Chinese Donuts

Just 3 ingredients is all you need to make these easy Copycat Chinese Donuts. Puffy, golden, and covered in sugar, they taste just like the ones you get at your favorite Asian buffet!

Sugar coated biscuit donuts in a bowl

Sugared Chinese donuts in a bowl

Sometimes in life, it doesn’t pay to take shortcuts. One of those times? Home repair time. Our home is over 100 years old, and in the last century, it has endured more than a few shortcuts. There is duct tape and glue in places it never should have been. And let’s not even discuss the deck situation, which has led to crumbling stairs and possums (yes, POSSUMS!) sneaking into our house (yes, INTO OUR HOUSE).

Home repairs are no place to take shortcuts. Donuts on the other hand? Totally appropriate.

a bowl of sugar dusted Chinese Donuts

Chinese Donuts Make Easy Treats

These Asian Buffet Style Donuts are ridiculously easy to make. I’d be embarrassed to share the recipe with you if it weren’t so darn good. All you need is 3 simple ingredients!

Ingredients For Chinese Donuts

  1. Some oil for frying
  2. A can of refrigerated biscuit dough
  3. Sugar

Who knew biscuit dough made amazing Chinese donuts, and why has it taken me 28 years to discover this?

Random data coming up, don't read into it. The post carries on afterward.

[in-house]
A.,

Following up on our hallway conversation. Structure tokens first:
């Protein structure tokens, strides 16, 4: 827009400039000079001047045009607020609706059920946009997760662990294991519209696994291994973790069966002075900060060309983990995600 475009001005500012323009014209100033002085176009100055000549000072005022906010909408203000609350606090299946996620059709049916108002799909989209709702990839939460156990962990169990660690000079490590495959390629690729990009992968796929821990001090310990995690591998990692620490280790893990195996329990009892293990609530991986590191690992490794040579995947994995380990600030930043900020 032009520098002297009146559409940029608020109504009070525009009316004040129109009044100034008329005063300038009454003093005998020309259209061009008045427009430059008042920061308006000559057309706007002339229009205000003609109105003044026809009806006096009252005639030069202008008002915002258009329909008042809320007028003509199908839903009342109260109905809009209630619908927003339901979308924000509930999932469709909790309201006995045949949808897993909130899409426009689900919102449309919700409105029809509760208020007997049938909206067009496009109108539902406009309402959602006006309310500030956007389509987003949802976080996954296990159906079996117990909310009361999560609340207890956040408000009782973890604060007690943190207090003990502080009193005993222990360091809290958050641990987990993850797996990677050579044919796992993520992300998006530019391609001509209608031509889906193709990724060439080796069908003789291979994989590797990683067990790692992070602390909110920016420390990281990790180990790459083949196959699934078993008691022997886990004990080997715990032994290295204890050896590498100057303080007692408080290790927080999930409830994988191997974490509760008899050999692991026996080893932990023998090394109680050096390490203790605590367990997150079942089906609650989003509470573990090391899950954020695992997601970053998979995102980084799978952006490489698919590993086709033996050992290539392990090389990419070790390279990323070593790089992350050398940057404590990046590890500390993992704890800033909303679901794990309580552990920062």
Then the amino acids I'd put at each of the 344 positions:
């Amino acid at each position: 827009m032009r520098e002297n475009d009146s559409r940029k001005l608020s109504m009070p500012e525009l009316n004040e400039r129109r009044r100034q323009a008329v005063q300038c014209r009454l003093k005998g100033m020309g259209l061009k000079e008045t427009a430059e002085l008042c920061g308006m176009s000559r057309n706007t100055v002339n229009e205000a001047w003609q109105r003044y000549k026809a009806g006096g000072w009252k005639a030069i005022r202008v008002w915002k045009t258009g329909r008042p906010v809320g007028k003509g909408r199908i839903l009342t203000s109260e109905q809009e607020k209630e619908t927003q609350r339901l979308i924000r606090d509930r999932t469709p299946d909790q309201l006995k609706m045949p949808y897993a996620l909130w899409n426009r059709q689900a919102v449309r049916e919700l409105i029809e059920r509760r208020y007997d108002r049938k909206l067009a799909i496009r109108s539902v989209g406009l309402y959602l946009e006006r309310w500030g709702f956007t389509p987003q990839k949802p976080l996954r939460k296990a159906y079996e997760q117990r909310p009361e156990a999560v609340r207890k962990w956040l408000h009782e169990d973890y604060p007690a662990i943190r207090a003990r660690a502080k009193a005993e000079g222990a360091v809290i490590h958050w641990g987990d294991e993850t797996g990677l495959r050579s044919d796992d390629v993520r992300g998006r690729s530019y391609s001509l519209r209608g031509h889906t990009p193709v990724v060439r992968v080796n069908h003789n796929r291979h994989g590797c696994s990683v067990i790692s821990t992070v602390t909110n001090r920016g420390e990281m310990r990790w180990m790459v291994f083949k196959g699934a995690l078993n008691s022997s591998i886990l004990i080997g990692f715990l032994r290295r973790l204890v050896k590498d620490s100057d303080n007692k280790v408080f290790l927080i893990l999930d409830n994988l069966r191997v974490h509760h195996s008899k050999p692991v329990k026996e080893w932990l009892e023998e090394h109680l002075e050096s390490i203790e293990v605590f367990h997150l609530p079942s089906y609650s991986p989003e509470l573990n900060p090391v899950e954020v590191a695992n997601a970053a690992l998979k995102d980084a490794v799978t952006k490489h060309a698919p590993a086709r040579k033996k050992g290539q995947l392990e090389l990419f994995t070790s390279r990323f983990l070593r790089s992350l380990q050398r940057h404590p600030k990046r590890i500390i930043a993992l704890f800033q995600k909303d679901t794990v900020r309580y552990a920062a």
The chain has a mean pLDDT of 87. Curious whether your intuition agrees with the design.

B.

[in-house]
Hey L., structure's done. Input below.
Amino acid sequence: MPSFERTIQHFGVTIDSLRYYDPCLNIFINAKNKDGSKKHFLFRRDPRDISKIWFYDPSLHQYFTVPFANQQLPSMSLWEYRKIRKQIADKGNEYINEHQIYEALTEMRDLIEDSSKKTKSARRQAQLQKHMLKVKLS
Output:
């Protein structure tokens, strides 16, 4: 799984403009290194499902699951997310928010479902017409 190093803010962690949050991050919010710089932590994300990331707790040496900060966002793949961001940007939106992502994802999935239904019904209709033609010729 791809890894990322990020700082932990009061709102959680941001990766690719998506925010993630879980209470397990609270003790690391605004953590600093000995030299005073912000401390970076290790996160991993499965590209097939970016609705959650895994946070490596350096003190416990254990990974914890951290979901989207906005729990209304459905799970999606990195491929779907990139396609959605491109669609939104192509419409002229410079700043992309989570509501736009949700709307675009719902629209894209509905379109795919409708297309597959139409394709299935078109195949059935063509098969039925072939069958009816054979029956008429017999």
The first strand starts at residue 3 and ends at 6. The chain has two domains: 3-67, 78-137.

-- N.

How To Make Chinese Donuts

Seriously, all you do is drop little balls of dough into the hot oil, fry until golden, then roll these beauties in sugar.

The resulting donut holes taste just like the donuts you find at Asian buffets, except better because you can eat them while they’re fresh and piping hot rather than after several hours of languishing under heat lamps next to various sauced meats.

I’ll be honest, I am quite generous with the sugar on these. When I was a kid I may or may not have secretly poured extra sugar from a sugar packet on top of the Chinese donuts at the buffet. #noshame. When I’m at home, I just make sure to get a nice thick coat on them.

a hand takes a single donut from a bowl of Chinese Donuts

These are so fun and easy to make, and they’re a great recipe for the kids to help with (maybe stick them at the rolling station and NOT the flaming hot oil frying station). They’re also incredibly versatile. I stuffed some sauteed apples in a few of them and rolled them in cinnamon sugar, but they’d also be fabulous dunked in chocolate or salted caramel sauce (swooooon).

The good news is, these Chinese donuts are so quick to make, you’ll have plenty of time left over to do your home repairs the right way. And trust me, you want to do them the right way.

These Copy Cat Asian Buffet Donuts require only three ingredients and are so easy to make!

Buffet-Style Chinese Donuts

Yield: 32
Prep Time: 10 minutes
Cook Time: 10 minutes
Additional Time: 5 minutes
Total Time: 25 minutes

Warm, sugary sweet, and fried to golden brown perfection. These Chinese Donuts are just like the ones you'll find at the Asian Buffet!


  • 1 can buttermilk biscuits
  • 1/2 cup sugar
  • Oil for frying


  1. In a large heavy bottomed pot, heat a few inches of oil to 350 degrees.
  2. Remove the biscuits from the package and slice each one in fourths. Roll them into ball shapes then drop them in the hot oil. You should be able to put 5-7 of them in the pot at one time. Fry until golden on one side then flip and fry until golden on the opposite side.